RELATED: Minneapolis VA Caught Red Handed Falsifying Records

VA OIG conducted an investigation into the matter immediately and last week released its public findings. The investigation concluded the appointment was canceled because Buisman called the Minneapolis VA from his cell phone to cancel the appointment the same day he died. The cancelation and reschedule was later notated in the computer as having occurred four days later — four days after the young veteran died — according to VA OIG.

Even if Buisman called the same day he died, it certainly does not absolve VA of failing to provide a desperate veteran with a specialty appointment he needed to survive. But do you believe the story or is it all too convenient?

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VA announced Kathleen Fogarty will serve as acting director of the VA’s Southwest Health Care Network. Fogarty currently serves as the hospital director for James A. Haley VA Medical Center in Tampa, Fla.

Fogarty will temporarily work from Gilbert, Arizona, but Fogarty also stated she has no plans to permanently move from Tampa.

Does anyone know anything about Fogarty?

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Registered nurses at the San Diego VA are set on unionizing after a 349-97 vote last week. The National Nurses United union will now grow by 700 nurses.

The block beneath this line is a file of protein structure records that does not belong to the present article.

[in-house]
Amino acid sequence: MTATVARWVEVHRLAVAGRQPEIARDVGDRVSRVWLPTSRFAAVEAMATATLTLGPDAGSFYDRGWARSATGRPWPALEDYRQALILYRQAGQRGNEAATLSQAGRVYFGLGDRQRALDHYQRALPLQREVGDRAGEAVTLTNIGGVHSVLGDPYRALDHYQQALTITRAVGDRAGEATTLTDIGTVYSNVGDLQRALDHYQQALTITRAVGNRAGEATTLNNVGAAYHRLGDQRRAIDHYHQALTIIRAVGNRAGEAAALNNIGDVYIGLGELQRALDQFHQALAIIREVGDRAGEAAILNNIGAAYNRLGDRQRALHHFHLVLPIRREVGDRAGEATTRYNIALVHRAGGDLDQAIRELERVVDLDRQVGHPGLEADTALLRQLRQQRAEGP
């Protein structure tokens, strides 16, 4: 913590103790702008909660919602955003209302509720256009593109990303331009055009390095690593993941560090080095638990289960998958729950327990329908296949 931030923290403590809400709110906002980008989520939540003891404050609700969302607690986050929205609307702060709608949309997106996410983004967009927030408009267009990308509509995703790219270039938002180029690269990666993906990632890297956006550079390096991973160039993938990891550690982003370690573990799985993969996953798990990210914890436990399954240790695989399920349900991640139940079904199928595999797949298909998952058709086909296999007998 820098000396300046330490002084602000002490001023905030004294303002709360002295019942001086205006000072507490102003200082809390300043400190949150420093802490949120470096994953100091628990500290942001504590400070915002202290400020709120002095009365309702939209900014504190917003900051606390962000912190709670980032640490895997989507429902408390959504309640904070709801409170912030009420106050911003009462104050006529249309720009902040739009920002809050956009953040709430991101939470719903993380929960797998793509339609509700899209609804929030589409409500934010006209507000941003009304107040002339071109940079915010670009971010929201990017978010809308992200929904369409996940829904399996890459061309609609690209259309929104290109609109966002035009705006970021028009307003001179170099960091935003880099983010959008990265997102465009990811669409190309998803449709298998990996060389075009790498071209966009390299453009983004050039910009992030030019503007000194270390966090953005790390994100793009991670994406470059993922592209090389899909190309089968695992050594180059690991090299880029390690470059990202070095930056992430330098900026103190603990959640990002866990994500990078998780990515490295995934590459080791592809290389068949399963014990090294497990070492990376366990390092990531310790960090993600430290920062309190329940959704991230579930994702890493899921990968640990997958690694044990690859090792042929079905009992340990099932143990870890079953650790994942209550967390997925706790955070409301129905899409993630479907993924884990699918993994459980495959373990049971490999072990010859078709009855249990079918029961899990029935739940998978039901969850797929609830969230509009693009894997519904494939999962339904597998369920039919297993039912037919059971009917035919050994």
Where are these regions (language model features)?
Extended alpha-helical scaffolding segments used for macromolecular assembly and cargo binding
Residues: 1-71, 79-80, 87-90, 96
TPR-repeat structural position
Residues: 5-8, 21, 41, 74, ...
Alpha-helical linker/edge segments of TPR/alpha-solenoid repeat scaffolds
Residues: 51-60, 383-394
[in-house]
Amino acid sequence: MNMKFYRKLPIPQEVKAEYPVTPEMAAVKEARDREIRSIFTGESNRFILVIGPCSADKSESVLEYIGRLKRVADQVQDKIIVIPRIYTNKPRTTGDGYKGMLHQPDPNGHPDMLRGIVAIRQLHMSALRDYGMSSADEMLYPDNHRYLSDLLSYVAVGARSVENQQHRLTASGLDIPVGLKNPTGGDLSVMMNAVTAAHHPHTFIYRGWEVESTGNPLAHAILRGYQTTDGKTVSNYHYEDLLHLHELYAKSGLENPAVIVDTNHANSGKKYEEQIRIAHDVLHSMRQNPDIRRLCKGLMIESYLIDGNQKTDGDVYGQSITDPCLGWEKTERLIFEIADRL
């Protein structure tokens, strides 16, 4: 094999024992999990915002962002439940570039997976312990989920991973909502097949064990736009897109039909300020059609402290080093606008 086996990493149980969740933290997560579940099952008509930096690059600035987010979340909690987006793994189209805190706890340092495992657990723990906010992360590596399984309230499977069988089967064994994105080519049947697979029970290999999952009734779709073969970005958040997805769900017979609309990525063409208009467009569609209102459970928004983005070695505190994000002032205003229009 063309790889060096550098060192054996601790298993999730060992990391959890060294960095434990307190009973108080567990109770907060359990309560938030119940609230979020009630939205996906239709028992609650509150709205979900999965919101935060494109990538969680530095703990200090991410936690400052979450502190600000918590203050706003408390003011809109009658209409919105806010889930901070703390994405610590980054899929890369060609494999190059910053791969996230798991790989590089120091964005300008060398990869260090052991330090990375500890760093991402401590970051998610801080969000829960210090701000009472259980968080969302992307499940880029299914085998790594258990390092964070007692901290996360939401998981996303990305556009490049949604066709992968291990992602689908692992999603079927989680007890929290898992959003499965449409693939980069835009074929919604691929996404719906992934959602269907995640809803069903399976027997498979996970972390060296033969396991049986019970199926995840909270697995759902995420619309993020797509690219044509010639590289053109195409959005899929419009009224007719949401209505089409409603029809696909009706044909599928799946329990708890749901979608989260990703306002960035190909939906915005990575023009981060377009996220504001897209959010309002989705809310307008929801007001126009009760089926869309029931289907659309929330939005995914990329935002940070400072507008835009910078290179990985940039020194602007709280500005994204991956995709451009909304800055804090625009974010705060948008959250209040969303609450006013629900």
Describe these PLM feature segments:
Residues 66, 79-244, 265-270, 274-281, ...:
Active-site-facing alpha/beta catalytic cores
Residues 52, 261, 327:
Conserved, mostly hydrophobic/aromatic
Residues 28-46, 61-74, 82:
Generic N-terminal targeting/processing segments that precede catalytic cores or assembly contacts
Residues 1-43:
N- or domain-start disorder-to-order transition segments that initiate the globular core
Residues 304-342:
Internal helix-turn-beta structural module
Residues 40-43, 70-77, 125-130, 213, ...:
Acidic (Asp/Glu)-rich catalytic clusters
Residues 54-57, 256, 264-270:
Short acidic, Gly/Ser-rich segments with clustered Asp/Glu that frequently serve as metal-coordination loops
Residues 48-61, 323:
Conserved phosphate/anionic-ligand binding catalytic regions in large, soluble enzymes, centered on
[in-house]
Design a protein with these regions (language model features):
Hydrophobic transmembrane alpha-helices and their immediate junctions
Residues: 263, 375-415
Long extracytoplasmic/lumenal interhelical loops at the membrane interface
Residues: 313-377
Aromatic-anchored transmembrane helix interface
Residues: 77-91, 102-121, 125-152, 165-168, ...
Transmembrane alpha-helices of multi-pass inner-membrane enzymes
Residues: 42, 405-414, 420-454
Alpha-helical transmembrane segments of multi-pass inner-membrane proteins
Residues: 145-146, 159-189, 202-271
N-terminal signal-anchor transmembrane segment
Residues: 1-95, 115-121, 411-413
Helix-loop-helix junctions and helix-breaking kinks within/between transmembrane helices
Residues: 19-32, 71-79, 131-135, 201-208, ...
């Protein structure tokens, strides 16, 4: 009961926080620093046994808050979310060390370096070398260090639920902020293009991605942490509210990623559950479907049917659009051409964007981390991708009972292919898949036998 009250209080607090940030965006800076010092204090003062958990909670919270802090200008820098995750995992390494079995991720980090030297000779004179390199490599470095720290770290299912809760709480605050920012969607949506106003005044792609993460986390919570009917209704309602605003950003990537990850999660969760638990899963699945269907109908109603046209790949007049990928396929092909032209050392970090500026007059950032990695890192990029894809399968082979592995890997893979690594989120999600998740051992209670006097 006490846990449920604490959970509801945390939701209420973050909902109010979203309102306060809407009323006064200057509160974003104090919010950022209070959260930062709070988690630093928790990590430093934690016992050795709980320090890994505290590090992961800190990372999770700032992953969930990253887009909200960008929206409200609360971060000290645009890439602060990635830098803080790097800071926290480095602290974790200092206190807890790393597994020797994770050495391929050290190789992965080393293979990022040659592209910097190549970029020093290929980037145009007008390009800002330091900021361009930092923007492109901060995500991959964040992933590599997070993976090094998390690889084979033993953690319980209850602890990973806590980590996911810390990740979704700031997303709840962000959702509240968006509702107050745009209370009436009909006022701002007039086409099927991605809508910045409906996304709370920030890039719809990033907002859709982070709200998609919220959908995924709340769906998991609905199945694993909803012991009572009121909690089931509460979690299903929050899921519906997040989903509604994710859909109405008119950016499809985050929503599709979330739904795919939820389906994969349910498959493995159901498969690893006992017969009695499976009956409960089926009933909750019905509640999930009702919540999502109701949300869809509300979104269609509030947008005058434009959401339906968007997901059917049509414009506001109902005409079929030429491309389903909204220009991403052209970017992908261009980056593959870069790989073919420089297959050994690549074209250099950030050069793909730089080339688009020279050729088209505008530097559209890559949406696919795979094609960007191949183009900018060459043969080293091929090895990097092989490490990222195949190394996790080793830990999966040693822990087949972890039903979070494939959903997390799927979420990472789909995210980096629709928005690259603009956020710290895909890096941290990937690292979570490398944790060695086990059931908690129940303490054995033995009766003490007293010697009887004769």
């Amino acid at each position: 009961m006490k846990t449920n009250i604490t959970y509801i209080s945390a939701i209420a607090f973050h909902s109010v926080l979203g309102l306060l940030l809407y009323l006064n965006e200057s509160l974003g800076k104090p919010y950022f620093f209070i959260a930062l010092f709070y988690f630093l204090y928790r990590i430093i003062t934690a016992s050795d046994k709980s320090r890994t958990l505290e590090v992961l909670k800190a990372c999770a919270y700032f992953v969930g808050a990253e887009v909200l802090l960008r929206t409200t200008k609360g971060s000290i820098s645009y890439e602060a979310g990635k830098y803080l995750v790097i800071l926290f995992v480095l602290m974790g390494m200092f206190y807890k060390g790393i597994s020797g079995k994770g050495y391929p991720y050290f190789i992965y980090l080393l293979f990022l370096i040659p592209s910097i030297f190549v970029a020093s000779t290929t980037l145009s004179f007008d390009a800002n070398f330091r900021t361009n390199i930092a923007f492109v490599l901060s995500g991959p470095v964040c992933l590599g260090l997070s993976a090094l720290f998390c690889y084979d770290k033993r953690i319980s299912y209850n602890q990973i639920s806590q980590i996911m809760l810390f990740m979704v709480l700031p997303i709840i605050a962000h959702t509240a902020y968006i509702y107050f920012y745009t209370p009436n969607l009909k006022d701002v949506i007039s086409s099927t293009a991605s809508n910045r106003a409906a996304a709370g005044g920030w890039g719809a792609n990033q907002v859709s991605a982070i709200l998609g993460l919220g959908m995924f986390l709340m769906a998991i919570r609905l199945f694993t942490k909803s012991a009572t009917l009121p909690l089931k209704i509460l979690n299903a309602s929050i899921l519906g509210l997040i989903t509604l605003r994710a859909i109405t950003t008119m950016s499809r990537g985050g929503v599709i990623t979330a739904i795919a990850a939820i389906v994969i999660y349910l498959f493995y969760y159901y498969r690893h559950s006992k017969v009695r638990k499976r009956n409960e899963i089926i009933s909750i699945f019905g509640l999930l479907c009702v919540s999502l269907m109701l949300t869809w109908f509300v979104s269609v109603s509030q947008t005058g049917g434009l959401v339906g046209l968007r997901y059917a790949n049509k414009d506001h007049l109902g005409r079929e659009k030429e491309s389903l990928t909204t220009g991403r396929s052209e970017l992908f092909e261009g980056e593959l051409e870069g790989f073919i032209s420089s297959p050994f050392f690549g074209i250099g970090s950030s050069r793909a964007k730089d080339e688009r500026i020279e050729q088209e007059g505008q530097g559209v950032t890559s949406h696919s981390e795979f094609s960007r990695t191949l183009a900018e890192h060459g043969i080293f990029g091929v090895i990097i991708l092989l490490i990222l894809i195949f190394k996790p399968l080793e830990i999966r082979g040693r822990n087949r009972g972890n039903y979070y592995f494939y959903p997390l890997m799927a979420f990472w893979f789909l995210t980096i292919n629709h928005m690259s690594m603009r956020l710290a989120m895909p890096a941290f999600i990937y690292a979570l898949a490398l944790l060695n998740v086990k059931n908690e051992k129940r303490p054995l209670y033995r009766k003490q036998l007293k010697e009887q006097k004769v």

I am personally still unsure about how I feel regarding federal employees being able to unionize for a few different reasons that I will refrain from addressing here. What do you think about VA employees being able to collectively bargain with the federal government?

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Another VA head is set to roll (or he is being pushed out via early retirement depending on who you talk to) from the Central Alabama Veterans Health Care System (CAVHCS).

Sloan Gibson announced termination procedures have been initiated against the CAVHCS Chief of Staff Cliff Robinson. Robinson has been placed on administrative leave following complaints about services, reports of manipulation of records and disturbing behavior of employees.

These highly unusual and disturbing behaviors include sexual abuse of a patient and helping a recovering drug addict obtain crack from a crack house.